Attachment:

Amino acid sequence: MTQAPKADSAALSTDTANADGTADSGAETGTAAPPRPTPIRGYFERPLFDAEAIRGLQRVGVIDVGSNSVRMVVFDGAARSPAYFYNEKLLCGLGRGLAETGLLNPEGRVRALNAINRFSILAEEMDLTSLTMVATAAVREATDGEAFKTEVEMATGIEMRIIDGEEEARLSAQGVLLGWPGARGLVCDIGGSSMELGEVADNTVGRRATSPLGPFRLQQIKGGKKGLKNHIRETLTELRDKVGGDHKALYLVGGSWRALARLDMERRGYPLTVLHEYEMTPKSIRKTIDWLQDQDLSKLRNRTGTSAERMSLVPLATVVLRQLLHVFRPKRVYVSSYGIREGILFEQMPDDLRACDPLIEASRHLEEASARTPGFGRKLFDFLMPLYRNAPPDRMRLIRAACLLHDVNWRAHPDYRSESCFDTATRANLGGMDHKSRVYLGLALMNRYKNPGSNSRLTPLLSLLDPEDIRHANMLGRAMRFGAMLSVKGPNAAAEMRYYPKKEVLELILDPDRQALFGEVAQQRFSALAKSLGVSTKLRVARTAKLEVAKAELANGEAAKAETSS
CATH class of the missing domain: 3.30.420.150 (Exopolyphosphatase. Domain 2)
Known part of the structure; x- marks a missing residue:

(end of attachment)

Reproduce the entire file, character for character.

Amino acid sequence: MTQAPKADSAALSTDTANADGTADSGAETGTAAPPRPTPIRGYFERPLFDAEAIRGLQRVGVIDVGSNSVRMVVFDGAARSPAYFYNEKLLCGLGRGLAETGLLNPEGRVRALNAINRFSILAEEMDLTSLTMVATAAVREATDGEAFKTEVEMATGIEMRIIDGEEEARLSAQGVLLGWPGARGLVCDIGGSSMELGEVADNTVGRRATSPLGPFRLQQIKGGKKGLKNHIRETLTELRDKVGGDHKALYLVGGSWRALARLDMERRGYPLTVLHEYEMTPKSIRKTIDWLQDQDLSKLRNRTGTSAERMSLVPLATVVLRQLLHVFRPKRVYVSSYGIREGILFEQMPDDLRACDPLIEASRHLEEASARTPGFGRKLFDFLMPLYRNAPPDRMRLIRAACLLHDVNWRAHPDYRSESCFDTATRANLGGMDHKSRVYLGLALMNRYKNPGSNSRLTPLLSLLDPEDIRHANMLGRAMRFGAMLSVKGPNAAAEMRYYPKKEVLELILDPDRQALFGEVAQQRFSALAKSLGVSTKLRVARTAKLEVAKAELANGEAAKAETSS
CATH class of the missing domain: 3.30.420.150 (Exopolyphosphatase. Domain 2)
Known part of the structure; x- marks a missing residue: